thing we need not tell the people of the
South, the people of Richmond particu
larly. Nevertheless, whenever.the country
needs soldiers it will find that the South
will not only furnish its share but more
than its siiare."
ATLANTA, Ga., Dec. 18.— The Atlanta
Constitution says: "The message is very
strong throughout, and from tirst to last
breathes the genuine American spirit. It
strikes a note of patriotism that is not
EUROPE APPALLED AT THE ULTIMATUM
often heard in high places during these
latter days, and for that reason it will fall
upon the ears of the people with a wel
PROTECTION IS NEEDED.
Puget Sound Cities Deplore Their
Lack of Defense.
PORT TOWNSEND. Wash., Dec. 18.—
Along the northwest border Jine of the
United States The United Press dispatches,
telling of possible war between this coun
try and England as a result of President
Cleveland's message on the Venezuelan
matter, while they stirred up patriotism
to a pitch of enthusiasm, also aroused a
feeling of deep anxiety among all classes.
The message is universally indorsed, and
thousands of citizens in the Northwest are
anxious to respond to a call to arms. At
the same time they realize that a declara
tion of war would mean the destruction of
their homes and the laying waste of the
Puget Sound country.
Esquimalt, scarcely forty miles from
here, is the Pacific station of the British
squadron and a visit from the Royal Ar
thur and other men-of-war stationed there
would leave the northwest corner of the
United States a barren waste before a sin
gle defender could be dispatched to these
The War Department haa long ago
selected Points Wilson and Marrowstone
and Admiralty Head, opposite Port
Townsend, for the location of fortifications
for the defense of Puget Sound, and the
department estimates say that an expend
iture of $5,000,000 would make it impossi
ble for any warship to pass these points
and enter Puget Sound. As yet, however,
nothing has been done toward construct
ing the fortifications ami this whole coun
try is open to the enemy.
In spite of all this people here are for
war if such be necessary to maintain the
stand taken by President Cleveland.
PROFFER TttHIR SERVICES.
Nebraska Grand Army Veterans
Ready to Fight Again.
LINCOLN, Nebr., Dec. 18.— The Presi
dent's message and the correspondence
which accompanied it was about the only
subject of conversation around the Capitol
to-day. Governor Holcomb sent the fol
lowing message of congratulation to Presi
dent Cleveland :
Lincoln, Nebr., Dec. 18.
To the President: In your firm stand favoring
the enforcement of the principles of the Mon
roe doctrine you have the warm support of the
people of Nebraska.
Silas A. Holcomb, Governor.
The State officers without exception
spoke in the same strain and declared that
the President at a single bound had placed
himself on a plane oi popularity heretofore
unknown. During the day Governor Hol
comb received messages from G. A. R.
posts throughout the State, in which the
members proffered their services in the
event of war with England.
INDORSED BY TEACHERS.
Resolutions Passed by an Institute
SEATTLE, Wash., Dec. 18.— There has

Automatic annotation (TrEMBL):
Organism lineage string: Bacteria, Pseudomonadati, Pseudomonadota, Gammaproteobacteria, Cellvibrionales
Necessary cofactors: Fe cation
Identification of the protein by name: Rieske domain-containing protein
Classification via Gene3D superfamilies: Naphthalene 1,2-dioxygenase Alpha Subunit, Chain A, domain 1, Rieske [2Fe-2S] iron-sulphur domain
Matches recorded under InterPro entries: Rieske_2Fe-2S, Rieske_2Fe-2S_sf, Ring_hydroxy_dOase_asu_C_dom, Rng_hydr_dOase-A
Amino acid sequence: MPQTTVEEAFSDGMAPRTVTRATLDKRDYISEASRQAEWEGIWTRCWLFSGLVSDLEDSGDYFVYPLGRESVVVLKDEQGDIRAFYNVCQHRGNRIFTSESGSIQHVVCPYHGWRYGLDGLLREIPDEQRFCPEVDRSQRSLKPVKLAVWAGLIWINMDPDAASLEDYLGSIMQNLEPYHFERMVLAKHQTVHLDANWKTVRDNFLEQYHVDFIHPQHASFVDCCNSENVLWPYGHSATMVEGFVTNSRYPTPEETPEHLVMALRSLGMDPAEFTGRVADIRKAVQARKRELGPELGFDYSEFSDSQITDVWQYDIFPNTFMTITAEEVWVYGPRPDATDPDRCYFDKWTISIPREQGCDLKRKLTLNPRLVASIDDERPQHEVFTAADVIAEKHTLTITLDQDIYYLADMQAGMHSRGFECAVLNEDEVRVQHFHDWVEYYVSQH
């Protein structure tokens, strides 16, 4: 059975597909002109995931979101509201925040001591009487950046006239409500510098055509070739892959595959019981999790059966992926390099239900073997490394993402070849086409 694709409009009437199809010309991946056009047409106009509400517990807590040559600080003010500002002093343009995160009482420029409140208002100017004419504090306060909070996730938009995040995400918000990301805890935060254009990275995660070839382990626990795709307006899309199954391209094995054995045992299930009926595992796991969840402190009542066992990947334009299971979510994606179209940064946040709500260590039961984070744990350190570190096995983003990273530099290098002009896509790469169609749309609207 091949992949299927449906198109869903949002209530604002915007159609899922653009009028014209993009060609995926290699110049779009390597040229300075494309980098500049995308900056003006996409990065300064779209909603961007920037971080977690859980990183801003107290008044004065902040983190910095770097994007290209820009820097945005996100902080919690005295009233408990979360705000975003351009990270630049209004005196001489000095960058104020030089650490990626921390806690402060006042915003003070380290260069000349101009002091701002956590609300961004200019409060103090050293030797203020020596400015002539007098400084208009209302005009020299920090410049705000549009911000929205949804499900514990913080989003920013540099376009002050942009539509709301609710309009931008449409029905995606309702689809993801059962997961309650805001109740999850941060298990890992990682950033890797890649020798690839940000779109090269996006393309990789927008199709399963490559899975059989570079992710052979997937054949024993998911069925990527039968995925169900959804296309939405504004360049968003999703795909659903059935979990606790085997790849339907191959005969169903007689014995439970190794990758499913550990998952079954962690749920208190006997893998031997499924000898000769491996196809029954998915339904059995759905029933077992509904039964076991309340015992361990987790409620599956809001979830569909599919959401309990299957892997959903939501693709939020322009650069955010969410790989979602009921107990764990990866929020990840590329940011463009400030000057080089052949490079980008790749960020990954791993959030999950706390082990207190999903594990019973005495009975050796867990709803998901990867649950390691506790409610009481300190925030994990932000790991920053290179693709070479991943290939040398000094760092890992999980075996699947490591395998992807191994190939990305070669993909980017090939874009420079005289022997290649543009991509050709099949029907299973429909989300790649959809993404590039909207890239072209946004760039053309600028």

been widespread discussion of the Presi
dent's message in this city to-day. This
afternoon the King County Teachers' In
stitute unanimously passed the following
Resolved, That as patriot bodies, realizing the
full import of the National dignity and honor
in the treatment of international subjects, we
heartily commend the position of our chief
executive, Grover Cleveland, in his applica
tion of the Monroe doctrine in determining
the differences between Great Britain and
URGED TO TALK PATRIOTISM.
Judge Grosscup's Charge to a Fed-
eral Grand Jury.
PEORIA, 111., Dec. 18.— Judge Gross
cup, in the United States Court here to
day, enjoined the Grand Jury, before dis
charging it, to talk patriotism when the
members returned to their homes, and
urged them to stand by President Cleve
land, although they might differ with him
JOHN i. AIRS HIS VIEWS.
Monroe and Cleveland Gifted With the
Ki(//it Kind of ''Sand."
CHICAGO, 111., Dec. 18.— "Monroe had
the right kind of 'sand' when he wrote
that paper which made the nations of the
world duck their nuts to Uncle Sam," said
John L. Sulhvan this morning at the Im
•'l've had some experience myself with
Johnny Bull," continued the great scrap
per, "and I found them regular duffers.
There was Tug Wilson, who came over
here pretending to be a fighter. Charley
Mitchell had too much mouth for his size
and I quickly done him. These English
ers are very fond of talking, but they cut
no figure with a real fighter.
"That's where I admire Cleveland. He
gets right down to business the minute he
is challenged. Now, some of these fellows
what's always looking for an office like to
kick about the articles of agreement; they
don't like the gloves and other conditions.
But Cleveland, he just says, 'If you really
mean fight, why any fair referee will suit
me; and as for gloves, why anything from
a silk mit to a pillow is good enough, so
long as it be to a decision.'
"England has had a few good scrapper.-,
but they relied more upon strength tha;
science to win. There was that rnai
Butcher and — what's his name? Yes, Wei
lineton. They wasn't in it with Napoleon